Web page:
Drinking Water: Extreme Weather Events Threaten Quality, Says Report

The greatest risks to water quality come from cumulative impacts of extreme weather events that happen sequentially, like a drought followed by a wildfire followed by a flood, says joint Australian-US study. As climate change likely increases the frequency of extreme weather events, resilience must be built into the management of watersheds and water treatment systems for recovery to happen. [Sunday Morning Herald]

Report: Society's Water Safety Net Is Fraying

A new National Research Council report examines possible "tipping points" that might occur if the rate of groundwater pumping rapidly increases. As surface water-scarce regions get drier amidst climate change, early warning water and drought monitoring systems could be necessary to protect precious resources. [Circle of Blue]

China's Middle Class Turns to Organics After Food Safety Scares

Deadly food safety incidents in China have led middle class Chinese consumers to seek organic and imported foods. Already rife with air and water pollution due to lax regulation, China has international notoriety for horrendous food safety failures that have sickened and killed people in China and elsewhere. Not all consumers can afford or find safer food, however, making regulation overhaul critical. [Guardian]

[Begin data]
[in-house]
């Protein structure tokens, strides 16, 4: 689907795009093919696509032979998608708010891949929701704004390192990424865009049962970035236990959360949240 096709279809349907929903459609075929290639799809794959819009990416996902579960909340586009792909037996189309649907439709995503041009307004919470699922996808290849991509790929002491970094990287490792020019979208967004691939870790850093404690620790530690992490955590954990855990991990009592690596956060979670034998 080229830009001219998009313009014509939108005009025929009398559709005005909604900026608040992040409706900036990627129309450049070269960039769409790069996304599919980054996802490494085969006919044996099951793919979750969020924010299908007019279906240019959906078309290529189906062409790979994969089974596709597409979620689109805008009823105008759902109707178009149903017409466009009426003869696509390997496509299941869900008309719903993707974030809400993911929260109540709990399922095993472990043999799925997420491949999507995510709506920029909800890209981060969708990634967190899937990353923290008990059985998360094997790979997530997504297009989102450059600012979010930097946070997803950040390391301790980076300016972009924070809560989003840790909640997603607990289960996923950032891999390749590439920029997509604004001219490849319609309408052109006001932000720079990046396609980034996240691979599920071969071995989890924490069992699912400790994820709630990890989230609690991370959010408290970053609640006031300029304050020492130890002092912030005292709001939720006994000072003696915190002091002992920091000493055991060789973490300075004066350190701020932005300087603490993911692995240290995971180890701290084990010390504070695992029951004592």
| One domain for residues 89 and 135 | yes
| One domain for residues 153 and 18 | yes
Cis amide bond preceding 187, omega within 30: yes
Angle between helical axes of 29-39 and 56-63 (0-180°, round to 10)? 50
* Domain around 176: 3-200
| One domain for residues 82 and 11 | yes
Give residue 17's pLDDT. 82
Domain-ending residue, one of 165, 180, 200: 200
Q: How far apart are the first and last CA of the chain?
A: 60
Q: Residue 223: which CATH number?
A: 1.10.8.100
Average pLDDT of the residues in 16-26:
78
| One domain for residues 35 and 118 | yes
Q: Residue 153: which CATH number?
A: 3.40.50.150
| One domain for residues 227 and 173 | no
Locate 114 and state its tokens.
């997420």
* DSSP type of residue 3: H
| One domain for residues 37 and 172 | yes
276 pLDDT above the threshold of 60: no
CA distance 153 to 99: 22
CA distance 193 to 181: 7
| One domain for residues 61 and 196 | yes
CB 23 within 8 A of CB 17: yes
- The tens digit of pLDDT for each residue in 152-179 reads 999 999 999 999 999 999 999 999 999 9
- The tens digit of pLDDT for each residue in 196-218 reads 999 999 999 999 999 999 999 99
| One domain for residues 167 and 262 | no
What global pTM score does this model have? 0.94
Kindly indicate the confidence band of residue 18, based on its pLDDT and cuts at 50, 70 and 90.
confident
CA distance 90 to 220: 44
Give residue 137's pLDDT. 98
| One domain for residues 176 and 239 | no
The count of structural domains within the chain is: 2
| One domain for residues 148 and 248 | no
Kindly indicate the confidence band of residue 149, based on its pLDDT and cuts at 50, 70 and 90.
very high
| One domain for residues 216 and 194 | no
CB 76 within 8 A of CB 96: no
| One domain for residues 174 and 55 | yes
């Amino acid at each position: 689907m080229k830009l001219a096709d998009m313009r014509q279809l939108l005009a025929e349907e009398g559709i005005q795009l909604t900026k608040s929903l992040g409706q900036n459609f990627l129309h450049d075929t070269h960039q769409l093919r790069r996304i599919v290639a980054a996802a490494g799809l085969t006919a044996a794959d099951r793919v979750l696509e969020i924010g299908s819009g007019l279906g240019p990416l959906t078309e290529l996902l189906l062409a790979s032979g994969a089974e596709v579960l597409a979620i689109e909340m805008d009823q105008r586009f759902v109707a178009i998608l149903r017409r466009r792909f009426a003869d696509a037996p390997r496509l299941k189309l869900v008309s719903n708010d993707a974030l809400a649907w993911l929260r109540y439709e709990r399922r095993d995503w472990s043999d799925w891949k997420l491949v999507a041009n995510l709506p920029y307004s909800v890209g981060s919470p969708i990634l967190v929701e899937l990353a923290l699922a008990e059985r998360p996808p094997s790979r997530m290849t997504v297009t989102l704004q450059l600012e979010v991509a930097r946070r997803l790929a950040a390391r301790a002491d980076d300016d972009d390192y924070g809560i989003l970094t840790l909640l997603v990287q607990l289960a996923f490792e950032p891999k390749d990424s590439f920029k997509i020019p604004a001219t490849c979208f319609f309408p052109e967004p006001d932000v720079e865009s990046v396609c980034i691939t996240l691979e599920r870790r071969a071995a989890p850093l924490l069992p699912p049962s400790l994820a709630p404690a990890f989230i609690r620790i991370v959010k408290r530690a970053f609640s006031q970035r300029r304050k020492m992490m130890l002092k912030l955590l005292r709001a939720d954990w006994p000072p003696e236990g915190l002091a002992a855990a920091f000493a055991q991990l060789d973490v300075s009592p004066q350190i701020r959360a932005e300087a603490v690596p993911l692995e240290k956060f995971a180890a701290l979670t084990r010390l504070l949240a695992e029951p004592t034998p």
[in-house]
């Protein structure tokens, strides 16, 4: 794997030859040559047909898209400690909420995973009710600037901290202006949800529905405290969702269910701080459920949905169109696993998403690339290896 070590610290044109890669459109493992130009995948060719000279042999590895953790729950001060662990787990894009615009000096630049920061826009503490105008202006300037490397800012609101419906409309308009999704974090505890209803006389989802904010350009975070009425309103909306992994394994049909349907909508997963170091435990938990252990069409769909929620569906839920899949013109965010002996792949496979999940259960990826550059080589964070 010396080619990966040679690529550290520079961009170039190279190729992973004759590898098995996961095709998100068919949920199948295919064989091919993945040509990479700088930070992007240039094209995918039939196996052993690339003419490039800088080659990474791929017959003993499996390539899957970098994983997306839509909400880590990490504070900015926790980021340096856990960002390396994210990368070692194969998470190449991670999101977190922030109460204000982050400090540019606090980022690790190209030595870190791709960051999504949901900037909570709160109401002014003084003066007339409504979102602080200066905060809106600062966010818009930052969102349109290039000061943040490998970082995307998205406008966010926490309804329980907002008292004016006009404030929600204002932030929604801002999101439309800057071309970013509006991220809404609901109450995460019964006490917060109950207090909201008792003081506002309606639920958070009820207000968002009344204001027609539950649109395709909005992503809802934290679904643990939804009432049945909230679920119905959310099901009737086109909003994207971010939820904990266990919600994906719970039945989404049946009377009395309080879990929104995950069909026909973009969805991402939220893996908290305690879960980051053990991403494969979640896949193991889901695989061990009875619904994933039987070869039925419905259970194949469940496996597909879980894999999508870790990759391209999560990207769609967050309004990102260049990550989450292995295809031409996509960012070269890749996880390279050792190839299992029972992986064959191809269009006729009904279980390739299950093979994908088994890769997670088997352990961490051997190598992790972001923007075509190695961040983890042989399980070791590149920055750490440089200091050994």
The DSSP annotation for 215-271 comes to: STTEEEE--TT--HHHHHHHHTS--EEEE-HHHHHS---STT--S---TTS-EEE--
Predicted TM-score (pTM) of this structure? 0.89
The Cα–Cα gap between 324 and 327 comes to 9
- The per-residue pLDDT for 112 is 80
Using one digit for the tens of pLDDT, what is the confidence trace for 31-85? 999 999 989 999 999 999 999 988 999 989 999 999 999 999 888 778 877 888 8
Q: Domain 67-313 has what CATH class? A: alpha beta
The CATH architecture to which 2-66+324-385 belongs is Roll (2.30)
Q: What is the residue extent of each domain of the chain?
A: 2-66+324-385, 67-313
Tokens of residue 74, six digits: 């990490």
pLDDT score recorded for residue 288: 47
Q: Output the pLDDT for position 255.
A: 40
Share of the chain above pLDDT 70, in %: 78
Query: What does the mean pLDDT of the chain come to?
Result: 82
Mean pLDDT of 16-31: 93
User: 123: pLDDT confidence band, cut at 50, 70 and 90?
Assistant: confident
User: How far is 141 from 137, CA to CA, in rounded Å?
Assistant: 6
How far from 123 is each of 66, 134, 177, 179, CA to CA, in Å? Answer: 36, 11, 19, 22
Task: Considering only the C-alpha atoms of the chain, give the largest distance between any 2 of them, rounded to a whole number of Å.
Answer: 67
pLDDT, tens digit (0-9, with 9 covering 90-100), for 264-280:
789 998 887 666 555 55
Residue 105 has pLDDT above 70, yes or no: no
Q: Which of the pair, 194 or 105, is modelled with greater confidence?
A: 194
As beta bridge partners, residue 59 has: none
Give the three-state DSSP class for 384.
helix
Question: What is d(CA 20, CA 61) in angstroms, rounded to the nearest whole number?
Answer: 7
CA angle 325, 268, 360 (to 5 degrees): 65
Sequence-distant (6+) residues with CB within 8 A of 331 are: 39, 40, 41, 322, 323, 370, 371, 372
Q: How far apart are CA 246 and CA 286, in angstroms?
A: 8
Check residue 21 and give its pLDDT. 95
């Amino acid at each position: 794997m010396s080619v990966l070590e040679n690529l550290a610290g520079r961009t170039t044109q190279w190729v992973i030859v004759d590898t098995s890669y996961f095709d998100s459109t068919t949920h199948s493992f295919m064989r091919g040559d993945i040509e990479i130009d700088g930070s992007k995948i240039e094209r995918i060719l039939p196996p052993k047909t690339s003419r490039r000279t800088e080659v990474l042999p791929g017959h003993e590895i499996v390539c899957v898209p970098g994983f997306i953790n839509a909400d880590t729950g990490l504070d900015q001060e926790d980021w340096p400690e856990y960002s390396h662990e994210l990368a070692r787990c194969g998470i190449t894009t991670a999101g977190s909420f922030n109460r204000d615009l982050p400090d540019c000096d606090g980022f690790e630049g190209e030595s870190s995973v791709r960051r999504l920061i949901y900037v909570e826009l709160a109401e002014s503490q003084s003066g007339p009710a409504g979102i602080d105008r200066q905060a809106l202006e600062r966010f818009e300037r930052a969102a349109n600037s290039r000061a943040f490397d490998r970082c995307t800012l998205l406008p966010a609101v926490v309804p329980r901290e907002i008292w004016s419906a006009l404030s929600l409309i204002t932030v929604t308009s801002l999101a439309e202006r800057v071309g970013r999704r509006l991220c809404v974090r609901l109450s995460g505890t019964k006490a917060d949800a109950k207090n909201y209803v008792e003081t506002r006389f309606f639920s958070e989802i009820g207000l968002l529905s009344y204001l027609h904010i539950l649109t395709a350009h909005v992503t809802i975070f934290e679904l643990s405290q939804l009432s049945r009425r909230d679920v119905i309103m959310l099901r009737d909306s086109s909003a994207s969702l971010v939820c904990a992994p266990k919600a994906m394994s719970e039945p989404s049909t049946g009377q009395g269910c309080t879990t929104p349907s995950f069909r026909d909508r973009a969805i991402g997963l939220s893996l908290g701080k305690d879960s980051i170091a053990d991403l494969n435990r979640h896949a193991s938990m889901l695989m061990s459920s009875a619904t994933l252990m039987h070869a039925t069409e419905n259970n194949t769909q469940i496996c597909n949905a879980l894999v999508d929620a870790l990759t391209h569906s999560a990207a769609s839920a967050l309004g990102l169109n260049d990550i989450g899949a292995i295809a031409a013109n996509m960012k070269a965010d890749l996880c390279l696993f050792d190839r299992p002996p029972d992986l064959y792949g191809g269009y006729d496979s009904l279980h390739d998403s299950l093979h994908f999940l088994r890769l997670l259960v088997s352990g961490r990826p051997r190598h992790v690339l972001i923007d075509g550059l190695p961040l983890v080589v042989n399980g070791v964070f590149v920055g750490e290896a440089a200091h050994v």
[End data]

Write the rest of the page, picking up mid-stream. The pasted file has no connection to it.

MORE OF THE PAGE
Responsible Antibiotics Use Standard Introduced for Chicken in School Lunches

School kids across the US could see antibiotic-free chicken on their lunch menus this fall once the new USDA verified Certified Responsible Antibiotic Use standards hit the market. Designed to certify producers who only use antibiotics under veterinarian supervision for disease control, and never to promote growth, the standards will help to curb antibiotic overuse in industrial poultry farming. [FoodSafetyNews]

Food Companies are Unprepared for Global Water Scarcity, Says New Report

Major food companies scored shockingly low on water conservation and management practices in a new report. Out of 37 big companies evaluated, 31 scored below 50 on a scale of 100 - including global meat producer Smithfield, which scored a 22. You can't have food without water, but apparently anticipated rising water costs don't phase food companies, which will be hit the hardest.

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